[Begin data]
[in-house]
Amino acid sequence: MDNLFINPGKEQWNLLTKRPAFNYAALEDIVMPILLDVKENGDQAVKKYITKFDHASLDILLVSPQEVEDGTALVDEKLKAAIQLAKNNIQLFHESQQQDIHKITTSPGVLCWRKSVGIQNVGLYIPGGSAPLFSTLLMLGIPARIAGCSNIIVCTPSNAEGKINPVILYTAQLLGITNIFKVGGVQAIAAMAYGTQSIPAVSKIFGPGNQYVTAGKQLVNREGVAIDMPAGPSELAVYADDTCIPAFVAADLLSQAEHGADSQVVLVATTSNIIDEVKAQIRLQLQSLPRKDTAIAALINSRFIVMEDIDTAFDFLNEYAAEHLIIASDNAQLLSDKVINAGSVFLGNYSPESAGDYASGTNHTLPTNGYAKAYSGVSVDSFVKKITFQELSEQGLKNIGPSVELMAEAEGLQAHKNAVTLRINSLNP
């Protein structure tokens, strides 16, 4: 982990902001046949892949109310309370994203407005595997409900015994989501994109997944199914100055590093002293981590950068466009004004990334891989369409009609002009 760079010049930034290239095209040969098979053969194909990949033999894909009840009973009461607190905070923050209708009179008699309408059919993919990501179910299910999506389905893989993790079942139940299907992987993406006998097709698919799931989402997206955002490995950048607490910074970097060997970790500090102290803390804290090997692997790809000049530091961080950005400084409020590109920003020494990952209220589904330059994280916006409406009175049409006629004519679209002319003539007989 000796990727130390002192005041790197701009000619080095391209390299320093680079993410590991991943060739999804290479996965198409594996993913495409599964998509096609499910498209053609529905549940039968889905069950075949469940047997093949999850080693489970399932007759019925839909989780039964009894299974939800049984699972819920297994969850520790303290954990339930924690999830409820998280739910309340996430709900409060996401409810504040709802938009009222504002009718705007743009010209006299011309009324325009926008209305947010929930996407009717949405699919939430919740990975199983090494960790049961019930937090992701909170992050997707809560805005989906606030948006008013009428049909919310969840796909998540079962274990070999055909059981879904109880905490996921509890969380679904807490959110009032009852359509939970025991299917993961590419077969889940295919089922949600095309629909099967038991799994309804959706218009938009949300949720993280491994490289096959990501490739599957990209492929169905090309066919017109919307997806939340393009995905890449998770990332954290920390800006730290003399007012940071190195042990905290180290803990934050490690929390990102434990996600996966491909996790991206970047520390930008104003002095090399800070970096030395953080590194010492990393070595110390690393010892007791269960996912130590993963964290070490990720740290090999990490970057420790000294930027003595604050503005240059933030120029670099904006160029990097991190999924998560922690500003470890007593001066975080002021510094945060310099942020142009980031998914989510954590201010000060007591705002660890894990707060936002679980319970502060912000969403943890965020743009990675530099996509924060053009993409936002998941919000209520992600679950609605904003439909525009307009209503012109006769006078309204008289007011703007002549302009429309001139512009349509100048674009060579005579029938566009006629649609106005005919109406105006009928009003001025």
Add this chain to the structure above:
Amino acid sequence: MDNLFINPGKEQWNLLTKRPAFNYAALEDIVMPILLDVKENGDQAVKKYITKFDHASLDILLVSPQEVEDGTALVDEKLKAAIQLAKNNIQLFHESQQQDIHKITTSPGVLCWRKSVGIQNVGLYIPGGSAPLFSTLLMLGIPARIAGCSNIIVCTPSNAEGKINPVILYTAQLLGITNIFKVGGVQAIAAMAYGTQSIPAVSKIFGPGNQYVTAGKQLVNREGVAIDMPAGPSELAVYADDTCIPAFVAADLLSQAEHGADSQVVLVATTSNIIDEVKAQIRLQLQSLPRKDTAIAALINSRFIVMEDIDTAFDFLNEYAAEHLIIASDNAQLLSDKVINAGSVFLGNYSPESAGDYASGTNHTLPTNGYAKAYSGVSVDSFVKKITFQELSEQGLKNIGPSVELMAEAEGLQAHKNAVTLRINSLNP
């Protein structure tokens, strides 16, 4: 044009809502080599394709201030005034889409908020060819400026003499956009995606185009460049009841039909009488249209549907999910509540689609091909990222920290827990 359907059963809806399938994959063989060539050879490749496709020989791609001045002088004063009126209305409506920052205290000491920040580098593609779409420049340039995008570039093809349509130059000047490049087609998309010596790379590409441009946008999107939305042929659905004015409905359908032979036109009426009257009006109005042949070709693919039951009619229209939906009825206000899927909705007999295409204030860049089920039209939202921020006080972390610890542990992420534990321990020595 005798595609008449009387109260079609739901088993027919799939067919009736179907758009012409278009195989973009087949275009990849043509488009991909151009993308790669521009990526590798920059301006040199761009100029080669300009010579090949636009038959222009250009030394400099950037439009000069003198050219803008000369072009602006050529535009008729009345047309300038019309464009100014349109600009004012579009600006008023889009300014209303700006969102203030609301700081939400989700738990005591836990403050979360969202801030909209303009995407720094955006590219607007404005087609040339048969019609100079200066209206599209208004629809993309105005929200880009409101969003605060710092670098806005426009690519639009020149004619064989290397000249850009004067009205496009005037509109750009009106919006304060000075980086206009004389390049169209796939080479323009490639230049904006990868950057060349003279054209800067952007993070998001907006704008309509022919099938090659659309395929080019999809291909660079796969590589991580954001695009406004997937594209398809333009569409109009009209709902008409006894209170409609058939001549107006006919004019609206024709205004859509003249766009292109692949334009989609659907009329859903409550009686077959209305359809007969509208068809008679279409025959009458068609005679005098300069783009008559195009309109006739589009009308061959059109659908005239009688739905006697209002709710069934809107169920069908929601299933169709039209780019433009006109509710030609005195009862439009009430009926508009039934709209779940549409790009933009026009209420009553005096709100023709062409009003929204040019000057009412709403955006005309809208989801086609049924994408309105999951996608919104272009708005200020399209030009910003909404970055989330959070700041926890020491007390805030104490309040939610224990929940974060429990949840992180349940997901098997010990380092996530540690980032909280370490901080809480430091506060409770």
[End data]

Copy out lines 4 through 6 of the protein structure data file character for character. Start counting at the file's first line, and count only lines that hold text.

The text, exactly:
Add this chain to the structure above:
Amino acid sequence: MDNLFINPGKEQWNLLTKRPAFNYAALEDIVMPILLDVKENGDQAVKKYITKFDHASLDILLVSPQEVEDGTALVDEKLKAAIQLAKNNIQLFHESQQQDIHKITTSPGVLCWRKSVGIQNVGLYIPGGSAPLFSTLLMLGIPARIAGCSNIIVCTPSNAEGKINPVILYTAQLLGITNIFKVGGVQAIAAMAYGTQSIPAVSKIFGPGNQYVTAGKQLVNREGVAIDMPAGPSELAVYADDTCIPAFVAADLLSQAEHGADSQVVLVATTSNIIDEVKAQIRLQLQSLPRKDTAIAALINSRFIVMEDIDTAFDFLNEYAAEHLIIASDNAQLLSDKVINAGSVFLGNYSPESAGDYASGTNHTLPTNGYAKAYSGVSVDSFVKKITFQELSEQGLKNIGPSVELMAEAEGLQAHKNAVTLRINSLNP
């Protein structure tokens, strides 16, 4: 044009809502080599394709201030005034889409908020060819400026003499956009995606185009460049009841039909009488249209549907999910509540689609091909990222920290827990 359907059963809806399938994959063989060539050879490749496709020989791609001045002088004063009126209305409506920052205290000491920040580098593609779409420049340039995008570039093809349509130059000047490049087609998309010596790379590409441009946008999107939305042929659905004015409905359908032979036109009426009257009006109005042949070709693919039951009619229209939906009825206000899927909705007999295409204030860049089920039209939202921020006080972390610890542990992420534990321990020595 005798595609008449009387109260079609739901088993027919799939067919009736179907758009012409278009195989973009087949275009990849043509488009991909151009993308790669521009990526590798920059301006040199761009100029080669300009010579090949636009038959222009250009030394400099950037439009000069003198050219803008000369072009602006050529535009008729009345047309300038019309464009100014349109600009004012579009600006008023889009300014209303700006969102203030609301700081939400989700738990005591836990403050979360969202801030909209303009995407720094955006590219607007404005087609040339048969019609100079200066209206599209208004629809993309105005929200880009409101969003605060710092670098806005426009690519639009020149004619064989290397000249850009004067009205496009005037509109750009009106919006304060000075980086206009004389390049169209796939080479323009490639230049904006990868950057060349003279054209800067952007993070998001907006704008309509022919099938090659659309395929080019999809291909660079796969590589991580954001695009406004997937594209398809333009569409109009009209709902008409006894209170409609058939001549107006006919004019609206024709205004859509003249766009292109692949334009989609659907009329859903409550009686077959209305359809007969509208068809008679279409025959009458068609005679005098300069783009008559195009309109006739589009009308061959059109659908005239009688739905006697209002709710069934809107169920069908929601299933169709039209780019433009006109509710030609005195009862439009009430009926508009039934709209779940549409790009933009026009209420009553005096709100023709062409009003929204040019000057009412709403955006005309809208989801086609049924994408309105999951996608919104272009708005200020399209030009910003909404970055989330959070700041926890020491007390805030104490309040939610224990929940974060429990949840992180349940997901098997010990380092996530540690980032909280370490901080809480430091506060409770």